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I have never been a great fan of cats and was surprised when it came to me. The woman ran down, and I saw she was just a little older than my daughter had been. I told her I was new to the city. She said that she had a room to rent.

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This is how I came to live with Justine. She loves books and old-fashioned things. I am an old-fashioned thing. She said that I must have more clothes, so she took me to her dressmaker. I paid. I paid for a new dress for her, too. One thing I did bring plenty of was money. The apartment is tiny, even thought it has two bedrooms. We’ve been talking about moving. I’ve grown to like the little beast, whose name is Pyewackett after a cat in an old movie. We like old movies. We aren’t exactly friends yet. Perhaps we are both trying too hard. I must never tell Justine how much she reminds me of my daughter. Sometimes I hear Justine’s step behind me and think it is . . .

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But it isn’t, and it never will be.

The Gentle Adventures of Justine and Vivian 1: Justine

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I’m twenty-two (my birthday was in January) and have been living in a little apartment since I was eighteen. My apartment is in an old-fashioned brick building with cast-iron door handles and balcony railings. There’s no elevator, but I don’t mind climbing the stairs.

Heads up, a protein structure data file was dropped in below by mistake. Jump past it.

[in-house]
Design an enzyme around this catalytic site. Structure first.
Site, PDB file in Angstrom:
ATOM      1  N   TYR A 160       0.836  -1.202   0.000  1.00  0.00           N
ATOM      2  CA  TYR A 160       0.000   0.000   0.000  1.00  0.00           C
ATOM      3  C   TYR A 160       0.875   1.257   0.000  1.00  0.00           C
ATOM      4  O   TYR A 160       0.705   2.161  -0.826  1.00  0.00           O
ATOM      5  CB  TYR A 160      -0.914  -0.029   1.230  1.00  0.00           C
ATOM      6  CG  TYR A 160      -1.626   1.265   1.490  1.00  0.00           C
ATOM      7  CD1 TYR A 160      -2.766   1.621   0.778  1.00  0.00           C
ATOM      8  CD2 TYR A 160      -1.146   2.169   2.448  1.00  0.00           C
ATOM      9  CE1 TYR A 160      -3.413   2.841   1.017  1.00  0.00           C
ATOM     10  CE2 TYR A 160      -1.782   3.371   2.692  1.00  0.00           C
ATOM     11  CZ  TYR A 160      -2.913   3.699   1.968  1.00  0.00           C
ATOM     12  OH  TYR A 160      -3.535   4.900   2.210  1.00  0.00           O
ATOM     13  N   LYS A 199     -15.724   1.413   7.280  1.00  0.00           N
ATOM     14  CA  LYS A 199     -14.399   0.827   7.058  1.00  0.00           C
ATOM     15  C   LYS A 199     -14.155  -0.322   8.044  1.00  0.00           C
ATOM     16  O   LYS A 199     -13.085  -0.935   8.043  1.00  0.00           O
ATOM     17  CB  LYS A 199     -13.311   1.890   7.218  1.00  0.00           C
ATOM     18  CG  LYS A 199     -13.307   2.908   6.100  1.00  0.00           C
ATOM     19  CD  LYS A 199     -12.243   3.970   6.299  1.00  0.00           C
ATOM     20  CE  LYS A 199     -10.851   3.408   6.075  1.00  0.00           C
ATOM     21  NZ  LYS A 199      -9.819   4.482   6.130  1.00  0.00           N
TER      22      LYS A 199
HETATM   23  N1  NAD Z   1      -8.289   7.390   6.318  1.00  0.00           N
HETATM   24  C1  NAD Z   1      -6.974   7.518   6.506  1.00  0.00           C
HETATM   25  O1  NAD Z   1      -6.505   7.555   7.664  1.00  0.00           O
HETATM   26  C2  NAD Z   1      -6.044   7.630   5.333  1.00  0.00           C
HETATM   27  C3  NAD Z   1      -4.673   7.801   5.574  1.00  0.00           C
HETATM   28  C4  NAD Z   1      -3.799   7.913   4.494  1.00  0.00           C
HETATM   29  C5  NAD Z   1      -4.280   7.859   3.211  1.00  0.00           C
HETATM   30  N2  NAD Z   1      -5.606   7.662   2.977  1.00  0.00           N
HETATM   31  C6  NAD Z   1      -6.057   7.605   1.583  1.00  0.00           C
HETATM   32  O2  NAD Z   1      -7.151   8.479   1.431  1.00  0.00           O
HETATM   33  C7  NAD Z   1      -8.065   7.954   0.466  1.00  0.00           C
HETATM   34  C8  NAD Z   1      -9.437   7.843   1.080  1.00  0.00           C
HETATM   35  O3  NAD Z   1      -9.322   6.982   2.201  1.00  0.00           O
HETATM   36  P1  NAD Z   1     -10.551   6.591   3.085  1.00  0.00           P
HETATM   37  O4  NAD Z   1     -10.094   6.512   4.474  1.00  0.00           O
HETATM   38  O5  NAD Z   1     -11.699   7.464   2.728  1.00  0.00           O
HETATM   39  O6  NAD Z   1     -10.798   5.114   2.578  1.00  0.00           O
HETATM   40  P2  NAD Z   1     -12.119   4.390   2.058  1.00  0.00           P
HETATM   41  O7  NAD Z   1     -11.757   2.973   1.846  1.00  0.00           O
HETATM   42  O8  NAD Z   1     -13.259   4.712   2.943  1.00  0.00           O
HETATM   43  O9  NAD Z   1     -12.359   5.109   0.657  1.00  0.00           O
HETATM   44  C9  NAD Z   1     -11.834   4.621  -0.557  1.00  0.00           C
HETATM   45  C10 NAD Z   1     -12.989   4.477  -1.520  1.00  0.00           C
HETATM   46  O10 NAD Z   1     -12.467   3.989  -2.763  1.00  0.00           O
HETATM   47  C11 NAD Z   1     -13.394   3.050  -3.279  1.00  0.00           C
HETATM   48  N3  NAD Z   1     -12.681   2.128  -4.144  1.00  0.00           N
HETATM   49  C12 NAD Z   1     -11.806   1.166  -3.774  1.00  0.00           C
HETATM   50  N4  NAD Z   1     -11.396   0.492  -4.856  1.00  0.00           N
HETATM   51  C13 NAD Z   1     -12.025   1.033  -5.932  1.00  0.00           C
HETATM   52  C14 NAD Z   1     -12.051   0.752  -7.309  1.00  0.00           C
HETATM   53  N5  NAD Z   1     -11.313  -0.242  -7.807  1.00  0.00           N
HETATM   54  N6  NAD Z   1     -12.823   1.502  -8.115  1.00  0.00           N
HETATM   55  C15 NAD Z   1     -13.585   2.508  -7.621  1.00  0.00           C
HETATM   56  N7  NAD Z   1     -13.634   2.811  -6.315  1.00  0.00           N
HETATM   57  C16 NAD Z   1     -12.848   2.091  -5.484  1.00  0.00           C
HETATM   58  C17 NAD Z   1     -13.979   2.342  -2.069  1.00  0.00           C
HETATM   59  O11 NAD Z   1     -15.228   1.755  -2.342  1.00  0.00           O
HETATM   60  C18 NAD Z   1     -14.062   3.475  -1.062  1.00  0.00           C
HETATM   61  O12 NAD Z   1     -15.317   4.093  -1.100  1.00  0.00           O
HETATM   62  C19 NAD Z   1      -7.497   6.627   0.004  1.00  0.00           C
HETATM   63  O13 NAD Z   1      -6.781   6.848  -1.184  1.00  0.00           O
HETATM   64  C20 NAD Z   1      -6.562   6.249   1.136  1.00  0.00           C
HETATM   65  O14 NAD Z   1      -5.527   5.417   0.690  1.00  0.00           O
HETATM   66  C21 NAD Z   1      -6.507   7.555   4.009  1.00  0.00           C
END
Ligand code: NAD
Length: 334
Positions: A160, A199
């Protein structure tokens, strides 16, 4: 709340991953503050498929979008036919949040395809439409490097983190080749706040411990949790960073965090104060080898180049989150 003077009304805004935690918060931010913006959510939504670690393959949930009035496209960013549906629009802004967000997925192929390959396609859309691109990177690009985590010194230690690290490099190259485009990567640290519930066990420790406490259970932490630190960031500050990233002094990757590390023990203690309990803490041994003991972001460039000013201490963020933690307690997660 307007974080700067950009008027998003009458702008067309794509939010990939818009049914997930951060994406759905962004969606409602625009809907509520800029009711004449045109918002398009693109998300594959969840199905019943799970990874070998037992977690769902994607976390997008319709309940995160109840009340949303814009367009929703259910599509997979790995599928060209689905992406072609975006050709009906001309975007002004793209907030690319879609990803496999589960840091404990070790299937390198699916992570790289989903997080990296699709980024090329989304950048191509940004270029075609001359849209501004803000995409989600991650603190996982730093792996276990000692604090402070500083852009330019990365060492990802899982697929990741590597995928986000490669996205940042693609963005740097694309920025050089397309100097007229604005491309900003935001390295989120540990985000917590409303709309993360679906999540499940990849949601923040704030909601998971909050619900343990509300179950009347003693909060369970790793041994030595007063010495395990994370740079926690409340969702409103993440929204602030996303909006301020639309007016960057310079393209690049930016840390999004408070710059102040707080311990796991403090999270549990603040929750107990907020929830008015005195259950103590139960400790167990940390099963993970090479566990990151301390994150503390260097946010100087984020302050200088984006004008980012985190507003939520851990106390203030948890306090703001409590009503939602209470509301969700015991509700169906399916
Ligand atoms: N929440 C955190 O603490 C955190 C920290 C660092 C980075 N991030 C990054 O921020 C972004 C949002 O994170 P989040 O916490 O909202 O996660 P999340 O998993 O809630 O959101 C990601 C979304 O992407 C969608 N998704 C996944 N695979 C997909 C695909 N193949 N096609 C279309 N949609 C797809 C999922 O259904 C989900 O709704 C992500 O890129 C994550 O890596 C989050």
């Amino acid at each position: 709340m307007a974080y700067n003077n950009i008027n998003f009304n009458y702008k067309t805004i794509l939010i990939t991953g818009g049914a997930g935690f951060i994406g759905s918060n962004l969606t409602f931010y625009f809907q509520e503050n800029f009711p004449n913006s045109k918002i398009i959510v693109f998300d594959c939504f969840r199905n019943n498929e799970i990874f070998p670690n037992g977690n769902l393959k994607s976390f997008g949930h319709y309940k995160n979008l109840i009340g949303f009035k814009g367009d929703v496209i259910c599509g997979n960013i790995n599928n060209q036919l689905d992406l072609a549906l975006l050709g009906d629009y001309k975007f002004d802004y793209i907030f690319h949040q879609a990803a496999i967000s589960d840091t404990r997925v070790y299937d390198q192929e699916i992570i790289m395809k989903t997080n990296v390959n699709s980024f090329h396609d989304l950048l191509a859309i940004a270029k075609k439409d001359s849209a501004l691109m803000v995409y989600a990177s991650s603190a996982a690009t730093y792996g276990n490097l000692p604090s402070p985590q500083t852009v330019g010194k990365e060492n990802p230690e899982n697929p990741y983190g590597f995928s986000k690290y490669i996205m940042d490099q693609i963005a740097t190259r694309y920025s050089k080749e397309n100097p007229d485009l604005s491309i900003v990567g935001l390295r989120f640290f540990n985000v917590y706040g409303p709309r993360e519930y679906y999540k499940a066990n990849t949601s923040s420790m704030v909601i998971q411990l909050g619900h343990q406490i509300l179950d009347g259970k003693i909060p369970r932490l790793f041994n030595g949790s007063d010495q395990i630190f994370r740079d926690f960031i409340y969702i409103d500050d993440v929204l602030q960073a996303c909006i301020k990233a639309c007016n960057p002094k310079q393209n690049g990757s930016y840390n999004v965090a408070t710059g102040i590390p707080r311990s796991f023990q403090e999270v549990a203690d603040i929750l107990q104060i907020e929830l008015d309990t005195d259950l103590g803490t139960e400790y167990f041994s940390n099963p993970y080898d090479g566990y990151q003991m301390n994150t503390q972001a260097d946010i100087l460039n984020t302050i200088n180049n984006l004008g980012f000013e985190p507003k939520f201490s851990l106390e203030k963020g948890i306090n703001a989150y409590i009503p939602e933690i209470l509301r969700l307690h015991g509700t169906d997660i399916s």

Someone in the building has a lady cat that goes outside, and she had kittens. I adopted a boy kitten and named him Pyewackett.

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He has enchanting blue eyes. My favorite colors are blue and pink. We had a lovely Valentine’s Day together.

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I work in a library, in the history room. I shelve the very old books. On my way home, I sometimes stop at a shop that sells vintage clothes and little treasures. I bought my doll there, and my chest of drawers, and bedding. I like imagining that I saved someone’s favorite thing from being thrown away, and now it’s one of my favorite things.

I don’t need much, just books and Pyewackett. One warm day I did a terrible thing: I left the balcony door open, and Pyewackett disappeared.

The Gentle Adventures of Justine and Vivian

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I write. I’m an amateur photographer. I collect dolls. Necessarily, the three must come together.

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I desperately wanted this doll (Tonner, Urban Legend Lizette, nude) and when I got a little financial windfall, she was still waiting for me. I renamed her Justine, after characters in my books.

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If you knew the characters in my yet-to-be published series, you’d know that this is pre-vampire Vivian (doll’s original name is Delightful Miette, another sold nude) being a really good girl.

I live with Justine/Lizette for a couple of months before Vivian/Miette joined our little family. It’s eerie how Justine came to be a presence with emotions.

Now, how to write the backstory of Justine and Vivian?

Justine and Vivian are not romantically involved and will never be. Per my books, mortal Vivan lost her teen daughter. Ensuing events gave her a cruel streak. She is not a “good” vampire, but she has a little soft spot in her heart for young women who remind her of her daughter.